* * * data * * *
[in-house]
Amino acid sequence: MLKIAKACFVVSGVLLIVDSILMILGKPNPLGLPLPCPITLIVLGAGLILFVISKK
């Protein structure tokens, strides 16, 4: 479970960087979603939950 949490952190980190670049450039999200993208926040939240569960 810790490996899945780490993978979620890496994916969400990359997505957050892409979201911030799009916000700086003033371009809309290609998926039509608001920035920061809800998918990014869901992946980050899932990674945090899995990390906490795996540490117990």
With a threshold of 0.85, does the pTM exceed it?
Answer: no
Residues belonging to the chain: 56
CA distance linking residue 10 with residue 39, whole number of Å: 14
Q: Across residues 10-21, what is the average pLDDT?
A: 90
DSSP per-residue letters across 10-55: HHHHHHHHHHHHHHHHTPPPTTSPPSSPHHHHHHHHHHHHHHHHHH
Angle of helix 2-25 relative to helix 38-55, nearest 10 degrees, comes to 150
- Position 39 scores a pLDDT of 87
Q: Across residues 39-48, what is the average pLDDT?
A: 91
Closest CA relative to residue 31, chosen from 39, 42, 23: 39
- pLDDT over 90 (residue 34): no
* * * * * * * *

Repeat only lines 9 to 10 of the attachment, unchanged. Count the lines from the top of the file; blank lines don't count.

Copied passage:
A: 90
DSSP per-residue letters across 10-55: HHHHHHHHHHHHHHHHTPPPTTSPPSSPHHHHHHHHHHHHHHHHHH